Intended for healthcare professionals

Editorials

Hormone replacement for men

BMJ 1996; 312 doi: https://doi.org/10.1136/bmj.312.7035.859 (Published 06 April 1996) Cite this as: BMJ 1996;312:859
  1. Marc E Weksler
  1. Wright professor of medicine Division of Geriatrics and Gerontology, Cornell University Medical College, New York, NY 10021, USA

    Not enough evidence to recommend routine treatment with dehydroepiandosterone

    Some journalists, some patients, and some doctors believe that dehydroepiandosterone (DHEA) is the fountain of youth in a bottle. Most members of the biomedical community remain sceptical. The recent publication of a report of a conference at the New York Academy of Science has provided a collection of studies relating the hormone to the disabilities and diseases of aging.1 Many of the clinicians and investigators attending the conference had more than a scientific interest in the subject—as many as a quarter of them were thought to be taking DHEA.2

    DHEA is produced by the adrenal gland and circulates largely as its water soluble sulphate. Molecule for molecule, it reaches a serum concentration 10 times that of any other steroid hormone in young men, but between the ages of 35 and 70 the concentration falls to 20% of its peak value. Within populations, serum values show great variation,3 and in the only published longitudinal study 15 of 97 men actually showed an increase in their serum DHEA over the 15 years of observation.4 Little is known of DHEA's physiological functions, though it may serve as a precursor of both testosterone and oestradiol. However, epidemiological studies have indicated that a low serum concentration of DHEA is associated with an increased risk of cardiovascular disease in men over 50 years of age5 and of breast cancer in premenopausal women.6

    The mass media have simplified the issues, which they have presented as making four points. Firstly, the secretion of DHEA declines with age; secondly, this decline is associated with an increasing frequency of disability and disease, with low serum concentrations of DHEA apparently increasing the risks; thirdly, experiments on animals indicate that treatment with DHEA reduces the severity of a variety of diseases; and, fourthly, replacement therapy carries little risk. As DHEA can be obtained in the United States by mail order without a prescription, self experimentation is not only possible but is common, reflecting a growing interest in and acceptance of “alternative” medicine in the United States.7 Some distributers claim that DHEA is now a best seller. Health food shops are cashing in on the public's interest in DHEA by offering products labelled DHEA but which do not contain DHEA. Instead they contain plant sterols said to be the “botanical building blocks of DHEA.”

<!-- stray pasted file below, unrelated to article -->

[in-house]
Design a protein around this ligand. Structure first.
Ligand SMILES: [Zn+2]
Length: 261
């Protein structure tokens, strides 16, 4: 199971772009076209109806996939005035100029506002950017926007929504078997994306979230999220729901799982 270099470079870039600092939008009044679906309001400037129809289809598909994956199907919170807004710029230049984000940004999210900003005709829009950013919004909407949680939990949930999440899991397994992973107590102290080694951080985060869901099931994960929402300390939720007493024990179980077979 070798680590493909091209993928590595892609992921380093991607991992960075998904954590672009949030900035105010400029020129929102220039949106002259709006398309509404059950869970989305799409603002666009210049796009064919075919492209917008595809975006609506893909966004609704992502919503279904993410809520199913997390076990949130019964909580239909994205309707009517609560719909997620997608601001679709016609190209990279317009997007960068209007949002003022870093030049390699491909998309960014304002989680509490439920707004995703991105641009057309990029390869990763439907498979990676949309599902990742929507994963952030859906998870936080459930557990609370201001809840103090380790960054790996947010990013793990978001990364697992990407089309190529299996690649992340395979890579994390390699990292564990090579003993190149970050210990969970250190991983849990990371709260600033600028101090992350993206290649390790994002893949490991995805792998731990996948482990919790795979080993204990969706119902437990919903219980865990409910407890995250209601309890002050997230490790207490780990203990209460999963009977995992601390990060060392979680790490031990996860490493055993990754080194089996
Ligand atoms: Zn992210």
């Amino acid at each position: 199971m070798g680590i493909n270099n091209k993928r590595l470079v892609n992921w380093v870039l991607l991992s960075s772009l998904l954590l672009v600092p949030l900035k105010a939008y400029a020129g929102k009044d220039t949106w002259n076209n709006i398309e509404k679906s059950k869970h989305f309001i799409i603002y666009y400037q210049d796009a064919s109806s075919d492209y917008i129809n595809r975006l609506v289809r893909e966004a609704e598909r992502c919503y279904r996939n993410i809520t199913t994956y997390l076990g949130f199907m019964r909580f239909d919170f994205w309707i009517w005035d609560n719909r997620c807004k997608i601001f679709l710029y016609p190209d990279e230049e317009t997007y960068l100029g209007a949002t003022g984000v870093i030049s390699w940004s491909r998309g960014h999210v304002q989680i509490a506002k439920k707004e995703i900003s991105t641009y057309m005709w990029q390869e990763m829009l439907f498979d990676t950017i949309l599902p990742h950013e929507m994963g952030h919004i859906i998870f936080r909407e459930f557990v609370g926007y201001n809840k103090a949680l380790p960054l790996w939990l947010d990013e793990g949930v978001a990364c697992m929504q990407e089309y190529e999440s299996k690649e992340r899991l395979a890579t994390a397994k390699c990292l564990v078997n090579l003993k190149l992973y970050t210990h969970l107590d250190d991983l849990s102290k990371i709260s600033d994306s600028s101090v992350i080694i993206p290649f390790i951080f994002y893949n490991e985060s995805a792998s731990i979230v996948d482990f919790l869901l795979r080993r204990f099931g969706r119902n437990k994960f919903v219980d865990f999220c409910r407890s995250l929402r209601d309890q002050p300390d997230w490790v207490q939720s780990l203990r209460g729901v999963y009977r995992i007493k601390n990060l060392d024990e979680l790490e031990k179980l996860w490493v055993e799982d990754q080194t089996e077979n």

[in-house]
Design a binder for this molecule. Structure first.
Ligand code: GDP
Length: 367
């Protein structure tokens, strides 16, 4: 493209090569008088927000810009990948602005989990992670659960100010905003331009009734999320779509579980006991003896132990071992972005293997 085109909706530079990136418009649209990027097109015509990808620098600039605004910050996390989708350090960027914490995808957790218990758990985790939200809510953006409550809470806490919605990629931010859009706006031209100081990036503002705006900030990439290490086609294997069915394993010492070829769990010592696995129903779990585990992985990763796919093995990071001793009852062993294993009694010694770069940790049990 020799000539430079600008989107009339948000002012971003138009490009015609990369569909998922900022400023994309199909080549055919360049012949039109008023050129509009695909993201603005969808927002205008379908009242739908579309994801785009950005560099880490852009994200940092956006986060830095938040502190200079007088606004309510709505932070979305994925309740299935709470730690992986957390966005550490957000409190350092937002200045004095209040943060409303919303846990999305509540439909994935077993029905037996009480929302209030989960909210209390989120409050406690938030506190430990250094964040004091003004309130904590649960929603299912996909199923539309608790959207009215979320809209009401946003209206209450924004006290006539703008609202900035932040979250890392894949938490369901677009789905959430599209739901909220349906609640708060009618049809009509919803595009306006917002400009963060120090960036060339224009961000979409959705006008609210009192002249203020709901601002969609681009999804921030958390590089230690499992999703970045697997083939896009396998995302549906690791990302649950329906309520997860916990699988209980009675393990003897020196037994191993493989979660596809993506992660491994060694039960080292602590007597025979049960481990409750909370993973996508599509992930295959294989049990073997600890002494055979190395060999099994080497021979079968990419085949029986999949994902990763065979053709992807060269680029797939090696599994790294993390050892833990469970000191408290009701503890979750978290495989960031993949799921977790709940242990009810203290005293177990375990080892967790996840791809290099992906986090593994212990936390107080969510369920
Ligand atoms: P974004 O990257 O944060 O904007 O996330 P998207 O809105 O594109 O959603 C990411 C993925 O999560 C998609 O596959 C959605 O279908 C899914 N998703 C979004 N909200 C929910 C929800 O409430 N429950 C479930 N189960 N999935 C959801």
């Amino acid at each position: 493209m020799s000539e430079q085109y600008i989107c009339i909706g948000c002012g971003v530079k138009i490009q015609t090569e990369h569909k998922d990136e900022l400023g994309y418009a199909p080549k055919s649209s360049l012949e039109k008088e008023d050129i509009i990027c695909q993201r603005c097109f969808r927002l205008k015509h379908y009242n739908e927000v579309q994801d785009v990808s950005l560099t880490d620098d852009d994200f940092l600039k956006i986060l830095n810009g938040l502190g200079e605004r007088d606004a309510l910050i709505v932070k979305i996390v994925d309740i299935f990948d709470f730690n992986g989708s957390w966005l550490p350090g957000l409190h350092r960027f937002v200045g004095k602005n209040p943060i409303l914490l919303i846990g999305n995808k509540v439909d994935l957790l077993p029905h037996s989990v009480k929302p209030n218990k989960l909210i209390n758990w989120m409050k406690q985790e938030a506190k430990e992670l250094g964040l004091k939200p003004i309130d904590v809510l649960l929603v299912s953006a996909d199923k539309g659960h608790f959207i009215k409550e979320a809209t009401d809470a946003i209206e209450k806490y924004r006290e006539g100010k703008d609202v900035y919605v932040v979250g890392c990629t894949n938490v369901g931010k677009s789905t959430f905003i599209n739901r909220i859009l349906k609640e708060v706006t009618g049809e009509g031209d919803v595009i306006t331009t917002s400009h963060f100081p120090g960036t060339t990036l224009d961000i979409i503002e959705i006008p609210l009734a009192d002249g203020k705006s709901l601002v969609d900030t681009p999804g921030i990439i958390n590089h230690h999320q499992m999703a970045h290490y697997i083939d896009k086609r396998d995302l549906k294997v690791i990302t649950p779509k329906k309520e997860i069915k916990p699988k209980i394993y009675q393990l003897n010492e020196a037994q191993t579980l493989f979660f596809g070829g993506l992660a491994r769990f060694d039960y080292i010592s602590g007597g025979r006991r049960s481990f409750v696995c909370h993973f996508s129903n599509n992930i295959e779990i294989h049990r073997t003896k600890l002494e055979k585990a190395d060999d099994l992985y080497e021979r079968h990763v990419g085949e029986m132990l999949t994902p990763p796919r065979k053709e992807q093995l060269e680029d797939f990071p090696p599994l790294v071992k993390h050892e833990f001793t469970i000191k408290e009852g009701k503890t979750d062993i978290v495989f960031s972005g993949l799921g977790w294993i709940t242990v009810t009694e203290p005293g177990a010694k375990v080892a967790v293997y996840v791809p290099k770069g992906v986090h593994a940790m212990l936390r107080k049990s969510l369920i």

By contrast with all this public attention given to DHEA, little has appeared in general medical journals apart from an editorial note in the Lancet last year.8 DHEA was not mentioned in a review of androgens in men in the New England Journal of Medicine in March 1996.9 Clearly we need to know whether DHEA does enhance “well-being” in middle aged and elderly people and whether it delays the onset of disability and disease, and we also need to know whether it is safe. The United States National Institutes of Health is supporting a few studies of DHEA. One is investigating the role of DHEA in Alzheimer's disease and another is examining the effect of DHEA supplementation on disease and lifespan in mice. The literature reviewed in the New York conference report included many reports of experiments on animals—but since none of the animals studied synthesise DHEA, this work is of doubtful relevance to the question of replacement treatment in humans.

    The best available clinical evidence comes from three placebo controlled, double blind, crossover studies of DHEA replacement treatment in older adults.10 11 12 13 In the first, 17 women and 13 men between the ages of 40 and 70 years (average 54 years) who did not smoke, were not obese, and enjoyed good health took 50 mg of DHEA by mouth at bedtime for three months or placebo for three months followed by three months on the other preparation.10 The order of DHEA and placebo was random. Compliance was checked by pill count and confirmed by measuring serum concentrations of DHEA and its sulphated form. Within two weeks of their starting to take the treatment the serum concentration of DHEA in the volunteers rose between threefold and fivefold, reaching the range found in serum of young adults. Serum concentrations of androstenediol, testosterone, and dihydrotestosterone rose in the women taking DHEA, but only androstenediol rose in the men. The treatment did not affect the amount of body fat or glucose metabolism. In both men and women the serum concentration of insulin-like growth factor rose by around 10%.